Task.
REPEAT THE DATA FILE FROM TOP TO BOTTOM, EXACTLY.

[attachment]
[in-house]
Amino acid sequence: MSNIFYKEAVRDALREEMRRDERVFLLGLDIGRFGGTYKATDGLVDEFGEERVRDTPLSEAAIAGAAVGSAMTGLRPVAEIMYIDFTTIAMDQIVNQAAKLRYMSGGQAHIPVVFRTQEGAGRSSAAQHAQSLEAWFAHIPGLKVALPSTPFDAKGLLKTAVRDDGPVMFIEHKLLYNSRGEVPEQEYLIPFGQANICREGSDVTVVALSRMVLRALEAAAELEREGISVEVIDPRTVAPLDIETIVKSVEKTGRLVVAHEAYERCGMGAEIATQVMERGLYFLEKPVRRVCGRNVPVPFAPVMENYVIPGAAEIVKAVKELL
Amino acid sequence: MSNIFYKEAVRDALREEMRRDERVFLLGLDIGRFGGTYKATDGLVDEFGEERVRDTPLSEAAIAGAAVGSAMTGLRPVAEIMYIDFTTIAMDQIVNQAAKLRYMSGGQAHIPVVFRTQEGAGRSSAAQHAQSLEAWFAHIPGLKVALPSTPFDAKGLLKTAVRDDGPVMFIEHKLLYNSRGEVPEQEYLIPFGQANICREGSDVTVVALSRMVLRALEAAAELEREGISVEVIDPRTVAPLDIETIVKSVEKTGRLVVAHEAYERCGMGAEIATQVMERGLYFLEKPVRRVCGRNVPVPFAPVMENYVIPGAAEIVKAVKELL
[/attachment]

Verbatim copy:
[in-house]
Amino acid sequence: MSNIFYKEAVRDALREEMRRDERVFLLGLDIGRFGGTYKATDGLVDEFGEERVRDTPLSEAAIAGAAVGSAMTGLRPVAEIMYIDFTTIAMDQIVNQAAKLRYMSGGQAHIPVVFRTQEGAGRSSAAQHAQSLEAWFAHIPGLKVALPSTPFDAKGLLKTAVRDDGPVMFIEHKLLYNSRGEVPEQEYLIPFGQANICREGSDVTVVALSRMVLRALEAAAELEREGISVEVIDPRTVAPLDIETIVKSVEKTGRLVVAHEAYERCGMGAEIATQVMERGLYFLEKPVRRVCGRNVPVPFAPVMENYVIPGAAEIVKAVKELL
Amino acid sequence: MSNIFYKEAVRDALREEMRRDERVFLLGLDIGRFGGTYKATDGLVDEFGEERVRDTPLSEAAIAGAAVGSAMTGLRPVAEIMYIDFTTIAMDQIVNQAAKLRYMSGGQAHIPVVFRTQEGAGRSSAAQHAQSLEAWFAHIPGLKVALPSTPFDAKGLLKTAVRDDGPVMFIEHKLLYNSRGEVPEQEYLIPFGQANICREGSDVTVVALSRMVLRALEAAAELEREGISVEVIDPRTVAPLDIETIVKSVEKTGRLVVAHEAYERCGMGAEIATQVMERGLYFLEKPVRRVCGRNVPVPFAPVMENYVIPGAAEIVKAVKELL